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Faculty Senate lectured on book-buying economics

By Matt Kelly

First-year student Roger Ronald Mayhew Jr. told Faculty Senate members at their meeting April
19 that when they fail to order books on time, it costs students more money.

Senators also heard recommendations for research computing, an update on the dean search and an explanation of the new University logo.

Mayhew, a representative on Student Council, said only 275 of 1,500 fall faculty orders and 500 of 1,400 spring book orders were turned in to the U.Va. Bookstore by the deadline.

Mayhew said the bookstore could pay 50 percent of the cover price for used books if store management knows the instructor will require the text again. Without that, students receive 10 to 40 percent, which Mayhew said hews closer to 10 percent. Many delayed faculty orders are turned in after students have already unloaded their books at lower prices.

The student suggested that departments funnel their book purchase orders through a single person, such as the department secretary, for greater efficiency and that faculty and students work together in evaluating books in courses. He also said that getting orders in on time would reduce the last-minute shipping and handling costs.

Several faculty members fired their own suggestions to Mayhew, suggesting the bookstore could e-mail them a reminder of the deadline and a copy of their previous semester’s orders, that students establish a process to sell the books directly to each other or have students purchase books online.

One faculty member suggested the students calculate how much a teacher cost them through delayed book orders and bring it to his or her attention. Another suggested getting book retail giants such as Barnes and Noble involved in the textbook sales to reduce price and streamline the process. Others questioned how to handle books for courses that skip semesters.

Mayhew took down their ideas and said he would try to incorporate their ideas in his plan.

The Senate also received 28 recommendations under 11 categories for research computing presented by W. Otto Friesen on behalf of the Research Computing and Information Task Force.

Among the recommendations were plans to:

• develop a mass storage strategy;

• invest in maintaining internal and external bandwith;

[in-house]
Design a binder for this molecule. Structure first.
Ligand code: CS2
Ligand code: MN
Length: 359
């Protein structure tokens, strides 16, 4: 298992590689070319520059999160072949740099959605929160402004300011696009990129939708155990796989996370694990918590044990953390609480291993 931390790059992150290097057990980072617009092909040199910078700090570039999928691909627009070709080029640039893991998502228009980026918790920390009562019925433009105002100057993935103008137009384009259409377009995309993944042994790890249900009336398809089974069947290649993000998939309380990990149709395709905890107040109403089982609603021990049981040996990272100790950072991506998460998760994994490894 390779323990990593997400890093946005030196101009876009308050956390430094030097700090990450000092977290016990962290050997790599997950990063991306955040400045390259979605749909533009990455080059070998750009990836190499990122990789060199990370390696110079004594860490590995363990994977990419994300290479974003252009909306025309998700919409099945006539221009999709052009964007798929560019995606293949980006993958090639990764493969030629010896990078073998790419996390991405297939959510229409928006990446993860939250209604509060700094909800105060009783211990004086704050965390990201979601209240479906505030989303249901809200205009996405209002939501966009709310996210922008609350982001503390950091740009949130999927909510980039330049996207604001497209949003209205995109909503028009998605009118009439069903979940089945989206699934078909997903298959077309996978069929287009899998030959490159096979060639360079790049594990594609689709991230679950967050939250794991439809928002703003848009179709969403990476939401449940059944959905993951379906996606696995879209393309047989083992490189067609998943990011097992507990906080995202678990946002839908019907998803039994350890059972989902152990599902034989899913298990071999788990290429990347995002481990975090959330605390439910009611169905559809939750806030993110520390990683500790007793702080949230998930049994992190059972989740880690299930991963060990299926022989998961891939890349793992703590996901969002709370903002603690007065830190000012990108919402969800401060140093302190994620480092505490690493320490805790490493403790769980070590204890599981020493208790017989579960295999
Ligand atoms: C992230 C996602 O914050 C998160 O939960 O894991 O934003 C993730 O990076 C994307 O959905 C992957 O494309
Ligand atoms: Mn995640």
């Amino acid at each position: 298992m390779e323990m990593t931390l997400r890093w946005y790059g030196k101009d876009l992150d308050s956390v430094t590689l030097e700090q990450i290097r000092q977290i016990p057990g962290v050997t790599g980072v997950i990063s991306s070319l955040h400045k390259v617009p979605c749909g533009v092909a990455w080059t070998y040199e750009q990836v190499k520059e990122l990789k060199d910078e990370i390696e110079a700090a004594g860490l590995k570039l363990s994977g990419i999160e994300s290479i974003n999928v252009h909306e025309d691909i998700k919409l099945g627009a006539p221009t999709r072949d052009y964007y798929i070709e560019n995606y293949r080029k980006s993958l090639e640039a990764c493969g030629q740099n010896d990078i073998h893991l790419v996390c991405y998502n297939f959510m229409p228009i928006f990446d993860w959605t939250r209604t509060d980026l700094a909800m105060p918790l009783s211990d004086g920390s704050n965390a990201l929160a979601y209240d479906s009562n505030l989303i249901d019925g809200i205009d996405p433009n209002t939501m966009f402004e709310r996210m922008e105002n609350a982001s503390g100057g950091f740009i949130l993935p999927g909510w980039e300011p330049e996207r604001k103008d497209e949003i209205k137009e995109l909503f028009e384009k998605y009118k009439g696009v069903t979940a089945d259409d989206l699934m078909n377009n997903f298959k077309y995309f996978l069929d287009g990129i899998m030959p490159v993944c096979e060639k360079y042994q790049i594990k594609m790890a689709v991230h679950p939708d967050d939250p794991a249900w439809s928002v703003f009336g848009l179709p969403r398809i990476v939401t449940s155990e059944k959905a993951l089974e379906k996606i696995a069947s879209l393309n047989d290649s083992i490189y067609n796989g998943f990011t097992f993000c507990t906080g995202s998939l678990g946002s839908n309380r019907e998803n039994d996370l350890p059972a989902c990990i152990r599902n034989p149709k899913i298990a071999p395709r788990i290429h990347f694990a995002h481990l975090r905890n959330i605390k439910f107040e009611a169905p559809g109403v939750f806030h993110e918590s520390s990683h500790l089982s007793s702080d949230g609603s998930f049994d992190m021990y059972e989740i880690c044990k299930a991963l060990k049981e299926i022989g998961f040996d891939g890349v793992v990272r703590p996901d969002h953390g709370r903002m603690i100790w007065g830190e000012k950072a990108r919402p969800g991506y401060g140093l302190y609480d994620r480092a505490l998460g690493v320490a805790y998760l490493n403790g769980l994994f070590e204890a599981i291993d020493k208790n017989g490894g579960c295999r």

• creating uniform and consistent network facilities;

• create additional security systems and support;

• establish a separate budget for software purchases;

• expand support for digital library resources.

In his remarks to the senate, President John T. Casteen III said searches for the Arts & Sciences dean, the provost and the police chief were nearing completion.

Casteen also talked briefly about the University’s new logo, saying it was part of the University’s effort to position itself with a more consistent mark in the education marketplace, where Jefferson’s Rotunda had come to symbolize education itself.

Casteen also spoke briefly on the recent athletic restructuring report, saying the Board of Visitors would work on it at its next meeting.

In other business, the Senate:

• Heard reports from the Academic Affairs Committee, the faculty Grievance Committee, Research and Scholarship and ROTC Affairs committees.

• Architecture students Steven S. Reinemund and Andrew E. Burdick presented a report on the proposed new student center, which Reinemund said would have space in it for a faculty dining room.They displayed renderings of the building, which they described as a “vital public place.”

• Houston G. Wood III and Michael Smith were nominated for the chair-elect, while Kathryn Neeley was the sole nominee for the secretary post. Stephen Wilson, Gabriel Robins, Robert O’Connell, Daphne G. Spain, David Brautigan, Nancy McDaniel, Ellen Contini-Morava and Karen Ryan were nominated for two slots on the executive council. Senate members will vote by mail.


© Copyright 2001 by the Rector and Visitors
of the University of Virginia

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